The Belgian Malinois dog breed is a working K-9 breed, pure and simple.
People who choose the Belgian Malinois dog breed purely to have a pet dog are often in for a big surprise when their adorable fluffy puppy starts to grow up and act out.
The Belgian Malinois may not be the biggest companion canine on the block, but they have no trouble being the loudest.
A Belgian Malinois that barks excessively may not actually be barking excessively. They may just be barking at a normal level for the Malinois breed.
But as we will discuss in this article, there are ways to train a Belgian Malinois to know when it is appropriate to use their bark to communicate.
Do Belgian Malinois Bark a Lot?
The Belgian Malinois is often mistaken for another shepherd dog – the German Shepherd.
Like German Shepherds, Belgian Malinois is considered a very vocal dog breed. In other words, they bark a LOT.
Belgian Malinois and other shepherd dog breeds are working dog breeds. They use their bark to communicate with their charges and their owners.
Many shepherd-type dog owners are unprepared for so much barking. This is the type of breed fact it is helpful to know before making a lifetime commitment to a Belgian Malinois dog.
Watch a Professional K-9 Trainer Work With Malinois Problem Behaviors
In this moving personal story on YouTube, you can learn from a Belgian Malinois owner how arranging for professional K-9 dog training helped her Malinois settle down and adjust to life in a community setting.
Perhaps even more importantly, the owner explains how she learned to be her dog’s trainer as well as a refuge in times of stress or anxiety.
This is an important video to watch because it highlights how problem behaviors in a Belgian Malinois can become dangerous enough to involve Animal Control.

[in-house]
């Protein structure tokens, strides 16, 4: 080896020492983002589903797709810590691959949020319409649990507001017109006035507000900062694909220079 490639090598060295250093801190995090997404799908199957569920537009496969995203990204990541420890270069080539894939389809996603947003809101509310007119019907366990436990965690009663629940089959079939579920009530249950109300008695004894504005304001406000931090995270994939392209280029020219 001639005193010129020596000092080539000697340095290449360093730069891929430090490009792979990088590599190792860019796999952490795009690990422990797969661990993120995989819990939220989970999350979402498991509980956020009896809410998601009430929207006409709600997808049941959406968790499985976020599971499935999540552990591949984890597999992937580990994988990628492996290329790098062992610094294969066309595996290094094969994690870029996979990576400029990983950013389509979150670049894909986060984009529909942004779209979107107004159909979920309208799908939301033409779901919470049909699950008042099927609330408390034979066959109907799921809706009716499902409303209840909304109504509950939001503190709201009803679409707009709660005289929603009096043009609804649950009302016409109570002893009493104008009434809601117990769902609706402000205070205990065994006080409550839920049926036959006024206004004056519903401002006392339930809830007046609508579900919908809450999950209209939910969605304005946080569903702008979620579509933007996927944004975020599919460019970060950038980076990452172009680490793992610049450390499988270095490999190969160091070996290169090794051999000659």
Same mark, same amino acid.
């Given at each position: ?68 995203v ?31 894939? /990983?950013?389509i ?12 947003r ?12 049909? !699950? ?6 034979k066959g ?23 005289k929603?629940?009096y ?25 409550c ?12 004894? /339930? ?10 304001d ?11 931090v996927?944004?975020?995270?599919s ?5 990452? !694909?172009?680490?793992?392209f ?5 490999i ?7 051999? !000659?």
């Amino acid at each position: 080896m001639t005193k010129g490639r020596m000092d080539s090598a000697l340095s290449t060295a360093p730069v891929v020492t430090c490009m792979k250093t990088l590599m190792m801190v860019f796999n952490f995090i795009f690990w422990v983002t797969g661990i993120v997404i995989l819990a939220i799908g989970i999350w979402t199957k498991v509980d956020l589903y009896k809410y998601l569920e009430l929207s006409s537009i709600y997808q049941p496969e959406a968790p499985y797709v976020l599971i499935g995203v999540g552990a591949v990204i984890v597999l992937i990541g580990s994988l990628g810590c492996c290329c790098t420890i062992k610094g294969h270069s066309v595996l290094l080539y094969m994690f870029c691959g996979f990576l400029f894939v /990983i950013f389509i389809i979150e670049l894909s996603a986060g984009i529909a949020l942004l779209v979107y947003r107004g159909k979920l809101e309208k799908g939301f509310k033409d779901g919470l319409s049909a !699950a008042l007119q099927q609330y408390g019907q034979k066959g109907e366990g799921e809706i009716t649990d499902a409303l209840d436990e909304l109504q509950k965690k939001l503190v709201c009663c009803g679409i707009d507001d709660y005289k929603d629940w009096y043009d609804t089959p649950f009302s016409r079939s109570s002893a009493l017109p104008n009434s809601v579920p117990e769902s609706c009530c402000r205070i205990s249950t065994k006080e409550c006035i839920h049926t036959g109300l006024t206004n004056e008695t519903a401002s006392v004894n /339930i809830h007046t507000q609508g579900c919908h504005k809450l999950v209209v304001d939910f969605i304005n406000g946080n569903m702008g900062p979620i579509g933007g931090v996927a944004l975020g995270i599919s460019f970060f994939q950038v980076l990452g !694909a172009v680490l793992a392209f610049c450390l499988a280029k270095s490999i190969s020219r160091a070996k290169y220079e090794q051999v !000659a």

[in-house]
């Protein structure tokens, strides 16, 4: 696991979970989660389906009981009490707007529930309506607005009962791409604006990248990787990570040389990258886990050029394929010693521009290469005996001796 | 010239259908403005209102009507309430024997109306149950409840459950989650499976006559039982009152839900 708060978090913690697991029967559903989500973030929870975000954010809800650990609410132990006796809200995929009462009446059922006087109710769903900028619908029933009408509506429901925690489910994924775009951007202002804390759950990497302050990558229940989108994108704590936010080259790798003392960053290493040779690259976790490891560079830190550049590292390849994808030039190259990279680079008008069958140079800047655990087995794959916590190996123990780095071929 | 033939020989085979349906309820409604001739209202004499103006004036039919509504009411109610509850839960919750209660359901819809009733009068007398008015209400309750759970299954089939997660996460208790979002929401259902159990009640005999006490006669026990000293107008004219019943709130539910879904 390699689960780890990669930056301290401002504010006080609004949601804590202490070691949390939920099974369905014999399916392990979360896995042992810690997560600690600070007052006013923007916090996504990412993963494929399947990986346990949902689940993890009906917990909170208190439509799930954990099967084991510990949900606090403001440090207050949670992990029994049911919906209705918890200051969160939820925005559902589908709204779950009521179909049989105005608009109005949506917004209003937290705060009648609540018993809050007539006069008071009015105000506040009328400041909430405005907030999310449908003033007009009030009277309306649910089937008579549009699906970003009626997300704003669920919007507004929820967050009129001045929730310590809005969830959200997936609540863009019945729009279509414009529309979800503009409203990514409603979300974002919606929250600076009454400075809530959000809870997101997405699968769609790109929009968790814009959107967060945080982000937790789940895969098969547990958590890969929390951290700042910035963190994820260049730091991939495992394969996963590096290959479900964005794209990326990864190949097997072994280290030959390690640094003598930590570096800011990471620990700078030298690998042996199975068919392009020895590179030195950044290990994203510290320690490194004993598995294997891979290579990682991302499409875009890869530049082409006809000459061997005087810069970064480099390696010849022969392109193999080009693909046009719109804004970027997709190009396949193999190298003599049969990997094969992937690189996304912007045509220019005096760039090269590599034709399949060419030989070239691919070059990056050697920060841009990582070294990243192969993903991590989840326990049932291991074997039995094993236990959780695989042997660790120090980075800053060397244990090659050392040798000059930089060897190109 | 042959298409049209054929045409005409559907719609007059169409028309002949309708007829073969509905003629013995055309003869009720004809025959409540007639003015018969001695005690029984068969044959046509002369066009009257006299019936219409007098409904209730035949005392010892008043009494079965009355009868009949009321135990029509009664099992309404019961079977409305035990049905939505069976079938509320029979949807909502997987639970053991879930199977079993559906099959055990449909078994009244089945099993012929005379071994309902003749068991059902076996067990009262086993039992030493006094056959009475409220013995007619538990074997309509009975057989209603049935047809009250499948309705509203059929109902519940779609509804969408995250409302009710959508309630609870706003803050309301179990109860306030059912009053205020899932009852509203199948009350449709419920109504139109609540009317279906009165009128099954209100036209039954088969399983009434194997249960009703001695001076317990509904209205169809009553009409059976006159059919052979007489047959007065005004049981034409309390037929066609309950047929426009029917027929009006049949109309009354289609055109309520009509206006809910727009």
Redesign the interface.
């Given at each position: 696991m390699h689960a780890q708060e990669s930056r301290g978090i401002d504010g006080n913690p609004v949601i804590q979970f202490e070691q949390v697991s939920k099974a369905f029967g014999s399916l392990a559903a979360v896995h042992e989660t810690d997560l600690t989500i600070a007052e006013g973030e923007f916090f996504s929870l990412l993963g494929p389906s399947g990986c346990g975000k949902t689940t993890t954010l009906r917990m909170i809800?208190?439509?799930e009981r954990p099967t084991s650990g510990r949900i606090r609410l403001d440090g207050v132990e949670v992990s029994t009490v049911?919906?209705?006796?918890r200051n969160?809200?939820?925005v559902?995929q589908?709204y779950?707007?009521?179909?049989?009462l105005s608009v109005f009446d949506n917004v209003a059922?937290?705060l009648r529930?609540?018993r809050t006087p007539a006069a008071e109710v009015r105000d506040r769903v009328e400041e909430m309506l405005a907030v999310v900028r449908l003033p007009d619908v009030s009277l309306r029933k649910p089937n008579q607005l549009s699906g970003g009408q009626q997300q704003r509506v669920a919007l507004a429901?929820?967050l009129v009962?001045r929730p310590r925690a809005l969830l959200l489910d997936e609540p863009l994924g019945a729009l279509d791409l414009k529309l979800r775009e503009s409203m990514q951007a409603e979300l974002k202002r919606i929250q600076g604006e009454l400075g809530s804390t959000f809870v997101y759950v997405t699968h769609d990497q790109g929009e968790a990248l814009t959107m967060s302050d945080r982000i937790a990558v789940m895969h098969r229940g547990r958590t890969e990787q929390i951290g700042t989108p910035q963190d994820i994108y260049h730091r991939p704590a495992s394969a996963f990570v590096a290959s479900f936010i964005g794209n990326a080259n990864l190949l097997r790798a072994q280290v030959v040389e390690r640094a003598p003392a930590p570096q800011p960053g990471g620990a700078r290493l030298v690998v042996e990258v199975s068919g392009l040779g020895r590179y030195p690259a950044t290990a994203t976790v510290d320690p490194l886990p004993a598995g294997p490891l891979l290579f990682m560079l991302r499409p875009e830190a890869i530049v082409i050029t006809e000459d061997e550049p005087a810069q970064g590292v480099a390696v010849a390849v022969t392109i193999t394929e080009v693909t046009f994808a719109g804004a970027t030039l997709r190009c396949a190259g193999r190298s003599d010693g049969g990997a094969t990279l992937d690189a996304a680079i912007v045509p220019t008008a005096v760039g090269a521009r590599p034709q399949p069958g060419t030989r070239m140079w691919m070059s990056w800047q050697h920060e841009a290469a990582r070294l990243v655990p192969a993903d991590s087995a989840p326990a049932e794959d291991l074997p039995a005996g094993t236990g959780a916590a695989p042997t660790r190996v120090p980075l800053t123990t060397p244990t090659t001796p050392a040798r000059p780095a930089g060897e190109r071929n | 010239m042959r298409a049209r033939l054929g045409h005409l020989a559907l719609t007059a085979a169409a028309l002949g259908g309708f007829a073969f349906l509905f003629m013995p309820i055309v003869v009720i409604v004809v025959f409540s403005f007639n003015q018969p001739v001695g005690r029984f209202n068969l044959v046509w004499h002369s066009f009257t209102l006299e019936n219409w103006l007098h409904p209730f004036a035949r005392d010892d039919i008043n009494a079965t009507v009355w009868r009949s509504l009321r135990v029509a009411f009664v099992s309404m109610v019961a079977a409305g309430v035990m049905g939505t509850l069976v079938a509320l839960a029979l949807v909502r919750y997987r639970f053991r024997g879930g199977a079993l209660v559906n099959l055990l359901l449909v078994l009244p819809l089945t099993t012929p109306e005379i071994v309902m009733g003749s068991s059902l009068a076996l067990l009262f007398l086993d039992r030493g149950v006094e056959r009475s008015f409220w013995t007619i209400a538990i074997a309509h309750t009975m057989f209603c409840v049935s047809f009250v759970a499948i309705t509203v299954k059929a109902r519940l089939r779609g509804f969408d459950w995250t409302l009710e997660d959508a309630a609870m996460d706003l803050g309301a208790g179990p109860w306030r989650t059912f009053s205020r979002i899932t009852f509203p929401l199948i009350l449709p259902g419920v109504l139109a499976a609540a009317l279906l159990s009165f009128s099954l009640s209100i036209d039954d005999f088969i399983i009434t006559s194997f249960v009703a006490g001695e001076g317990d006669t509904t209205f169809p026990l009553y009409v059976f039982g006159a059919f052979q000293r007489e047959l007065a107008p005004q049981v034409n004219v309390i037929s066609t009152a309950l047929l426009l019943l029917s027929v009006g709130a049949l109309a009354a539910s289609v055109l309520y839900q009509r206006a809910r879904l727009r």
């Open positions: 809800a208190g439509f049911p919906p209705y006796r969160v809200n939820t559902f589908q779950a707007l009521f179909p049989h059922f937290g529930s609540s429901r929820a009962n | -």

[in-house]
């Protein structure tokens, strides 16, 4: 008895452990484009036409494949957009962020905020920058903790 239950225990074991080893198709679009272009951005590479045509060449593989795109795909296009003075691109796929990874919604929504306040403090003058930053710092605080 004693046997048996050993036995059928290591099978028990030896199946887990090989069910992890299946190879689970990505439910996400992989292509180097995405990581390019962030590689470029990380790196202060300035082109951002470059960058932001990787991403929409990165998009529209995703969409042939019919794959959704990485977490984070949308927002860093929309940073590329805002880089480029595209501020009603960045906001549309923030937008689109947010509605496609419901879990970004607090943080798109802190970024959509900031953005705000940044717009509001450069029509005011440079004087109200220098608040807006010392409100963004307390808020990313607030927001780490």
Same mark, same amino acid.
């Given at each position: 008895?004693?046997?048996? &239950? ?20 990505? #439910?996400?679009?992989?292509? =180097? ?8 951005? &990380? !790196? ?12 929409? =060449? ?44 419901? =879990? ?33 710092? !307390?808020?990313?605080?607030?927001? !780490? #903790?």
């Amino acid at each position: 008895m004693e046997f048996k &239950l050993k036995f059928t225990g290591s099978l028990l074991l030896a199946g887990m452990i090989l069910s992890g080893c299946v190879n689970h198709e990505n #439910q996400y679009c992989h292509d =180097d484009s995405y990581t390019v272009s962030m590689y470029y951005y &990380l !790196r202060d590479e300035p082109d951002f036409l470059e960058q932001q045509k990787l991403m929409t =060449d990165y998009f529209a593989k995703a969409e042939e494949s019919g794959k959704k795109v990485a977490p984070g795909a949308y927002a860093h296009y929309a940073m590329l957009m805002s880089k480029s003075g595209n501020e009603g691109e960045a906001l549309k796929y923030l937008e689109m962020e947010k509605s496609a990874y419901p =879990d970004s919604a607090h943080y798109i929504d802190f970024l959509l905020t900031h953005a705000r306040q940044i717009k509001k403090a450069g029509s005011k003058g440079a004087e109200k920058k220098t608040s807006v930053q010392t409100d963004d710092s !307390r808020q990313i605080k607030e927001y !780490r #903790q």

As the owner in this video explains, the right training can literally make the difference between forcible relinquishment and being able to keep your dog.
Understanding Why the Belgian Malinois Dog Barks So Much
As the American Belgian Malinois Club (ABMC) highlights, the Belgian Malinois is a high-energy, active, and intelligent breed of dog.
These dogs have a unique breed of lineage and history. The Malinois was never intended to be a pure “pet” or companion canine to people. Rather, the Malinois breed was developed to work.
And Belgian Malinois were bred to do a very specific kind of work. At first, the Belgian Malinois was put to work herding and guarding livestock.
As the American Kennel Club (AKC) recounts, Belgian Malinois was primarily in charge of herding and guarding sheep and cattle.
These medium-sized dogs couldn’t necessarily throw their weight around herding animals twice or three times their size. But they could certainly assert their authority through their bark.
Over time, as herding and livestock dogs were less in demand, the Belgian Malinois found new work – this time in the military, police, and private sector.
The same instincts and traits that made Malinois so good at herding and guarding animals turned out to be useful in protecting and guarding people as well.
Today, the Belgian Malinois is one of the most sought-after dog breeds in the world for military and private K-9 protection, guarding, and security work.
When Malinois are trained to do these high-risk jobs, they use their bark to communicate with their handlers. So you could even say that the Belgian Malinois has been bred and trained for generations to bark.
This means that training a Belgian Malinois not to bark can start out looking like a tall order.
And as this article about a Malinois that barked to alert his family about a home fire illustrates, you don’t want to silence your Malinois. You just want to teach your dog how to use their bark appropriately.
Constant Barking Is One Reason Belgian Malinois Get Relinquished
The Belgian Malinois definitely isn’t the right breed of dog for every individual or family.
As the American Belgian Malinois Club (ABMR) points out, boredom is one very common reason why a Malinois might resort to barking nonstop.
There are many dog breeds that are perfectly happy with one or two short walks and a little playtime each day, but as VetStreet points out, the Malinois is not one of them.
These dogs have been bred for generations to work long, hard hours every day in often dangerous and difficult conditions.